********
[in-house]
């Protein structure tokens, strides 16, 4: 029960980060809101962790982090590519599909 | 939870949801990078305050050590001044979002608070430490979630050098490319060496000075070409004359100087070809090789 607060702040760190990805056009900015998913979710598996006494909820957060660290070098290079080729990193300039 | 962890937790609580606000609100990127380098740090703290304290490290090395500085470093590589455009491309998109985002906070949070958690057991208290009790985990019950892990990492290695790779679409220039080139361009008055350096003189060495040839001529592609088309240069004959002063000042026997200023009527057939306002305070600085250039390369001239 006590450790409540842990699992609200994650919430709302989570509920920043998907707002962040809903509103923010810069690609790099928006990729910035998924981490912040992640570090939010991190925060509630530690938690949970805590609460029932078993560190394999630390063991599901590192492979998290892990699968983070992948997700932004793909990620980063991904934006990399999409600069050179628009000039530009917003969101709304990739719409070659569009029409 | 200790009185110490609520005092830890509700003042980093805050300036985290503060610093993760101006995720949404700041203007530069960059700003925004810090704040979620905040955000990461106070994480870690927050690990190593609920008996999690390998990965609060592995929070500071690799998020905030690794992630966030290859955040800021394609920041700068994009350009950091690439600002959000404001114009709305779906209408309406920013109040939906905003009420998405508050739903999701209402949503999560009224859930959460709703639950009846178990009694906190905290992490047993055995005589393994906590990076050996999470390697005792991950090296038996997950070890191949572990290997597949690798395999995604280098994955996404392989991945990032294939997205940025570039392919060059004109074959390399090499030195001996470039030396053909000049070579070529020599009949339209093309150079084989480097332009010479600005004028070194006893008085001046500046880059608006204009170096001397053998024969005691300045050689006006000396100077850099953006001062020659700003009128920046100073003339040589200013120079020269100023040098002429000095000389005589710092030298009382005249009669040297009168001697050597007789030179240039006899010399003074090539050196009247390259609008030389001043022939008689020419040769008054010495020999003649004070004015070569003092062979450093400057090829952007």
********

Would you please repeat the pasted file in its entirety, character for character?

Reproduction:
[in-house]
């Protein structure tokens, strides 16, 4: 029960980060809101962790982090590519599909 | 939870949801990078305050050590001044979002608070430490979630050098490319060496000075070409004359100087070809090789 607060702040760190990805056009900015998913979710598996006494909820957060660290070098290079080729990193300039 | 962890937790609580606000609100990127380098740090703290304290490290090395500085470093590589455009491309998109985002906070949070958690057991208290009790985990019950892990990492290695790779679409220039080139361009008055350096003189060495040839001529592609088309240069004959002063000042026997200023009527057939306002305070600085250039390369001239 006590450790409540842990699992609200994650919430709302989570509920920043998907707002962040809903509103923010810069690609790099928006990729910035998924981490912040992640570090939010991190925060509630530690938690949970805590609460029932078993560190394999630390063991599901590192492979998290892990699968983070992948997700932004793909990620980063991904934006990399999409600069050179628009000039530009917003969101709304990739719409070659569009029409 | 200790009185110490609520005092830890509700003042980093805050300036985290503060610093993760101006995720949404700041203007530069960059700003925004810090704040979620905040955000990461106070994480870690927050690990190593609920008996999690390998990965609060592995929070500071690799998020905030690794992630966030290859955040800021394609920041700068994009350009950091690439600002959000404001114009709305779906209408309406920013109040939906905003009420998405508050739903999701209402949503999560009224859930959460709703639950009846178990009694906190905290992490047993055995005589393994906590990076050996999470390697005792991950090296038996997950070890191949572990290997597949690798395999995604280098994955996404392989991945990032294939997205940025570039392919060059004109074959390399090499030195001996470039030396053909000049070579070529020599009949339209093309150079084989480097332009010479600005004028070194006893008085001046500046880059608006204009170096001397053998024969005691300045050689006006000396100077850099953006001062020659700003009128920046100073003339040589200013120079020269100023040098002429000095000389005589710092030298009382005249009669040297009168001697050597007789030179240039006899010399003074090539050196009247390259609008030389001043022939008689020419040769008054010495020999003649004070004015070569003092062979450093400057090829952007």